How to Get Rich in Crypto
May has been a busy month for crypto-bughunters, with more than $32,000 claimed in bounty in the last seven weeks…
In the last few weeks alone, White Hat bughunters have rooted out more than $32,150’s worth of vulnerabilities in cryptocurrency and/or blockchain platforms according to research from Hard Fork. Spread across 30 publicly-released bug reports from 15 blockchain-related companies, the vulnerabilities have been discovered in companies including TRON, Brave, Augur and Coinbase.
TRON paid $3,100 to a researcher who discovered a potentially serious undisclosed flaw in the TRON blockchain, as well as $1500 for a potential DDoS attack vector. The latter essentially allowed: “A single request to submit a post to /wallet/deploy contract with several megabytes of bytecode along with CPU intensive long parsing will consume CPU for about 10 minutes while still holding several megabytes of bytecode in heap. With enough requests (lets say 1K-10K depending upon available memory), its enough to use all the available threads to service incoming HTTP request, fill up the memory and render DDOS.”
TRON fared particularly badly in the ImmuniWeb website security test, scoring a C overall, with multiple warnings across the board. These included PCI DSS and GDPR misconfigurations, while several subdomains gained a fail grade of ‘F’, including developers.tron.network and main.tron.network.
Over the last month, Omise, the firm behind cryptocurrency OmiseGo, saw the largest number of publicly disclosed bugs, racking up six - albeit low value bounties indicating that the vulnerabilities were not very serious. Omise fared better than TRON in the ImmuniWeb website security test, scoring a ‘C’ overall with a clean PCI DSS bill of health, although suffering from a potential GDPR misconfiguration. As is often the case, a subdomain - omisego.network - was graded with a ‘C’.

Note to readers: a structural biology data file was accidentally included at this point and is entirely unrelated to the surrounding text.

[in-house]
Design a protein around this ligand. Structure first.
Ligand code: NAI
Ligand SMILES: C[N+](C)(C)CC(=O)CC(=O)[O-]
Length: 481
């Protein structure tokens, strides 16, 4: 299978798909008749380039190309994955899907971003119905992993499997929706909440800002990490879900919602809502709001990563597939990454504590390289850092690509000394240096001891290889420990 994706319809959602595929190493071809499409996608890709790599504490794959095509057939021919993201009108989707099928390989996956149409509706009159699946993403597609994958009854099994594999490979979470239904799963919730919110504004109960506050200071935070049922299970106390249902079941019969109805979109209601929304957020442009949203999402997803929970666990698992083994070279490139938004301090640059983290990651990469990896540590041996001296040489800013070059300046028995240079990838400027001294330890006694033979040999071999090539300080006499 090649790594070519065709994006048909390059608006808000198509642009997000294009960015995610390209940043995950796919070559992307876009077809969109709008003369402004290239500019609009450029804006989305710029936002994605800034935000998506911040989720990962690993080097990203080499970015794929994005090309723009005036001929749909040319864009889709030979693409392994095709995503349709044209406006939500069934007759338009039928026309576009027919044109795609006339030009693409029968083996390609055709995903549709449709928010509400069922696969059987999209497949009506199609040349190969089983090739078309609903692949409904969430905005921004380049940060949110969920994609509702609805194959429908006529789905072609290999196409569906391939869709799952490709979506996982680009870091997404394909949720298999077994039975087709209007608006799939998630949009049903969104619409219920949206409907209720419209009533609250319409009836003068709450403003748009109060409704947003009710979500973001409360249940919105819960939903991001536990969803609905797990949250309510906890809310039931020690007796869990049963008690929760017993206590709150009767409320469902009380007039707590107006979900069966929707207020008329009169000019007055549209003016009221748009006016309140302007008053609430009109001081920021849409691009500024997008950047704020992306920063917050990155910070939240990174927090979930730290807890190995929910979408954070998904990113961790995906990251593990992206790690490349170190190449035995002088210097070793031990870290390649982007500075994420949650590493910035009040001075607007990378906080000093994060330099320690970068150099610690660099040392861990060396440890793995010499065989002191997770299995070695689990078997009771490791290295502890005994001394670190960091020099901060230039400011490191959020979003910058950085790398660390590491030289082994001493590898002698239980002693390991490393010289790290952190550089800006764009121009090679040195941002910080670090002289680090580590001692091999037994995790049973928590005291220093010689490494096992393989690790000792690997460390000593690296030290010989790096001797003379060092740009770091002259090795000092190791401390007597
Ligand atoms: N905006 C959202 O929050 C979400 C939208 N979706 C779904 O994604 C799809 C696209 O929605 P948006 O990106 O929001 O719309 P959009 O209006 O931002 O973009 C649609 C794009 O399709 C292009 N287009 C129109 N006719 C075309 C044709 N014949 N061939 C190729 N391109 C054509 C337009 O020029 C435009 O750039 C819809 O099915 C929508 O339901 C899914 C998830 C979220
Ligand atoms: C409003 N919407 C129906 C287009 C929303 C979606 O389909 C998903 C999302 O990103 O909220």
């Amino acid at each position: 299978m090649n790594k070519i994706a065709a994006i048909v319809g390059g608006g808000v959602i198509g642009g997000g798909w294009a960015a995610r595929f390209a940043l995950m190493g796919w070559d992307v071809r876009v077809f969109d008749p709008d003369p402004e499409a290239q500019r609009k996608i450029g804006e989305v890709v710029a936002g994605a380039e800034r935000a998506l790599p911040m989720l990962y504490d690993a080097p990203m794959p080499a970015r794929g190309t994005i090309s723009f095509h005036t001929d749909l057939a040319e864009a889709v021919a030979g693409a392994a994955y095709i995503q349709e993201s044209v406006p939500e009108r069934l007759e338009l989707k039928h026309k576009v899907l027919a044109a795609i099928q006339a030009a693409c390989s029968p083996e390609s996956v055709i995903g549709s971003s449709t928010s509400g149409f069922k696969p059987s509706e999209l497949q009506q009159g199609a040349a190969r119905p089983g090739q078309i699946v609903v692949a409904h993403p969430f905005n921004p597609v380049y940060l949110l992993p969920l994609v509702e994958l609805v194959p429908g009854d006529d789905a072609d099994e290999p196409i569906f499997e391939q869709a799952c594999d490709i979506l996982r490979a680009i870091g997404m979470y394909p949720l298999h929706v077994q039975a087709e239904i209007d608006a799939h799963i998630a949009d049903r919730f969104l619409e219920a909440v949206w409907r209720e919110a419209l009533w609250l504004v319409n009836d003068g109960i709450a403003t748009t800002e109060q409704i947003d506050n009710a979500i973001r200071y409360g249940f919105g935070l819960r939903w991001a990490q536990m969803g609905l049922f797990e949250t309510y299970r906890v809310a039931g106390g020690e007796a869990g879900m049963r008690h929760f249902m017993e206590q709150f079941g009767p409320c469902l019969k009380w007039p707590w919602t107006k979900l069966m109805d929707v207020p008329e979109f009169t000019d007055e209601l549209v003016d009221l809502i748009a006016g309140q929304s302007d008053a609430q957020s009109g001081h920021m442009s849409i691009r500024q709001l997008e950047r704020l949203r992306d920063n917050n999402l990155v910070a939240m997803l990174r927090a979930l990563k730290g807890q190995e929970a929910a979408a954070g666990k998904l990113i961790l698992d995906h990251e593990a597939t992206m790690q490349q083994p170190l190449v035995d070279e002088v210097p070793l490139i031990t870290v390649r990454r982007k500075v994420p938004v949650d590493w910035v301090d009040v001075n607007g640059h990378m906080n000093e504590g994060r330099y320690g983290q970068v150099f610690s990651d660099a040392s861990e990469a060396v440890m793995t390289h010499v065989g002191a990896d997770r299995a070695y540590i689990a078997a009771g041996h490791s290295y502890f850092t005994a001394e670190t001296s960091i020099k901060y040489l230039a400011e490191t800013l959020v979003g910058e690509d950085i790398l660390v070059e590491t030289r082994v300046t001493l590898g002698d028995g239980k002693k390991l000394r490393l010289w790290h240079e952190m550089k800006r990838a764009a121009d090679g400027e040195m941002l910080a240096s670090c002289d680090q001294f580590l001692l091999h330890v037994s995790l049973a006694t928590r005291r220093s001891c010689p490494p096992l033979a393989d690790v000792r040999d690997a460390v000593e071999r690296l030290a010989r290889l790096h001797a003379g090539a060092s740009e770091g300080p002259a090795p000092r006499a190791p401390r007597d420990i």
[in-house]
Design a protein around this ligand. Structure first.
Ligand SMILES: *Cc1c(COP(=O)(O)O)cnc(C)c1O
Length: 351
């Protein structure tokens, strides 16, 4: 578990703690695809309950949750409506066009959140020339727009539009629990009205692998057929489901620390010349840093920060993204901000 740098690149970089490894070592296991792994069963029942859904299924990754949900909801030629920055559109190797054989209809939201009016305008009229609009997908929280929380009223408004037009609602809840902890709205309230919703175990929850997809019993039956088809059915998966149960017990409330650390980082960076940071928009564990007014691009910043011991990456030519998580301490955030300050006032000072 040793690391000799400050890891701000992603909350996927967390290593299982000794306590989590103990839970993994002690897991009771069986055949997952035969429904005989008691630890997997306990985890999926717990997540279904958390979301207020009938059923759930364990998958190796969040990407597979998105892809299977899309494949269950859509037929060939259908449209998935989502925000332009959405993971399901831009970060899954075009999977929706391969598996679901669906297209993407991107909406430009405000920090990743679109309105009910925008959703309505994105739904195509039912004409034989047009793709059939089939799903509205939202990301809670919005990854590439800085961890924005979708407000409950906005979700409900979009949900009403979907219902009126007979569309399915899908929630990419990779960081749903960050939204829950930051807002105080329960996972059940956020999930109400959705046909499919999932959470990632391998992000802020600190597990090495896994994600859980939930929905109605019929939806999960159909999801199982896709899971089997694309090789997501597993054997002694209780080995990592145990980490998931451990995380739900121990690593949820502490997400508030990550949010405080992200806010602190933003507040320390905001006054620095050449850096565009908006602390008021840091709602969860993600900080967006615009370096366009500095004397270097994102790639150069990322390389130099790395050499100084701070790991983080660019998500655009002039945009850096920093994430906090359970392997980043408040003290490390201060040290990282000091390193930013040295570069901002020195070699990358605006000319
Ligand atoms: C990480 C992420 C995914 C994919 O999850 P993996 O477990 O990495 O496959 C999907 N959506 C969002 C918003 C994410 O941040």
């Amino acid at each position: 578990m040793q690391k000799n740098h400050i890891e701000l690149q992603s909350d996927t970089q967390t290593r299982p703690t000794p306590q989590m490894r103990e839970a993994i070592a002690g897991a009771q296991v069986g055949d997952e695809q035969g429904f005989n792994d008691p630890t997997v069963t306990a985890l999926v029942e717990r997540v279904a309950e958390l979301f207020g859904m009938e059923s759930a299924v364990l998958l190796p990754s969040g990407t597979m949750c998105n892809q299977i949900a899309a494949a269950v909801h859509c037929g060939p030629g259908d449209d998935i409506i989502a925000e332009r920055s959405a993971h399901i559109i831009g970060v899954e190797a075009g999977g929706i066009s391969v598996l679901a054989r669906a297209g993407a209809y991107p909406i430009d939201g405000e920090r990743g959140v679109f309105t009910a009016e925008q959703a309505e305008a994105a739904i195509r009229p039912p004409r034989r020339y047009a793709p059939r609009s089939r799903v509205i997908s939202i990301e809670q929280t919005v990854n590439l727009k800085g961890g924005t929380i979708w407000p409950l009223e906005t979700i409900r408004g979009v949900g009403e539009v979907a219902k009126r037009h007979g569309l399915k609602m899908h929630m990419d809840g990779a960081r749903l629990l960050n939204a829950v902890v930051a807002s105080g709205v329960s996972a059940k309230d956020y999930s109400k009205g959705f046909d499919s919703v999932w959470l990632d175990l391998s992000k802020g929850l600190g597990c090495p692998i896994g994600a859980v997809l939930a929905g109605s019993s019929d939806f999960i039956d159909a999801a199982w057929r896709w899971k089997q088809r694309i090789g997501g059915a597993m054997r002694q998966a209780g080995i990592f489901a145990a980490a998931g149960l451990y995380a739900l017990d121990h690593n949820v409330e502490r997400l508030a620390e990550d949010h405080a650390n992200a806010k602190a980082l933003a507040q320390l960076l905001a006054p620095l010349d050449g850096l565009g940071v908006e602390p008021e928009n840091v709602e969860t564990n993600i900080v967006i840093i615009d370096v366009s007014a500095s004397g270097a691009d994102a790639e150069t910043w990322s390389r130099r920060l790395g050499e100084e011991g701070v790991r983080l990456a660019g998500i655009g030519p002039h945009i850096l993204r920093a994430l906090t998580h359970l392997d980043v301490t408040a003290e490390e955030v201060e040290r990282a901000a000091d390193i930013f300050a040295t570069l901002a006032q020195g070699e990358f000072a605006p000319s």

Meanwhile, blockchain-powered prediction market Augur disclosed a series of three reports, the same number as Brave Software, creators of the Brave browser, which incorporates a native blockchain token, BAT.
Augur scored a respectable ‘A-’ in the ImmuniWeb website security test, with five HTTP configuration warnings and some low-graded subdomains including fonts.augur.net and docs.augur.net both garnering a less flattering ‘F’ grade. Brave also picked up a plain ‘A’ grade, with a strong ImmuniWeb website security test performance only let down by two outdated CMS components and a smattering of sub-domains - laptop-updates-staging.brave.com and eyeshade-staging.brave.com that picked up an ‘F’ warning grade.
At the top of the pile - at least in terms of the ImmuniWeb website security test - was Coinbase, which managed to score an ‘A+’, although while one subdomain failure - exchange.coinbase.com garnered a concerning ‘F’ grade, as did eio-feed.exchange.coinbase.com.
However, as Binance demonstrated just days ago, having a bug bounty programme (with a maximum bounty of $100,000) and scoring high on the ImmuniWeb website security test ‘A+’ do not entirely defend your business from attack, as the company experienced one of the most devastating losses of 2019 so far, chalking up a $41m Bitcoin loss to attackers.
In fairness, Binance’s Immuniweb test also highlighted two ‘F’ grade subdomains resource.binance.com and sensors.binance.com, proving that perfection in security terms is not a practical target.
More seriously, it also demonstrates the yawning gulf between the bounty rewards available for White Hat hackers participating in responsible disclosure programmes, and the potential value of an exploit for criminals.
One thing is certain - there will be more high-profile cryptocurrency and blockchain incidents this year, as well as significant losses. Have you tested your website security recently?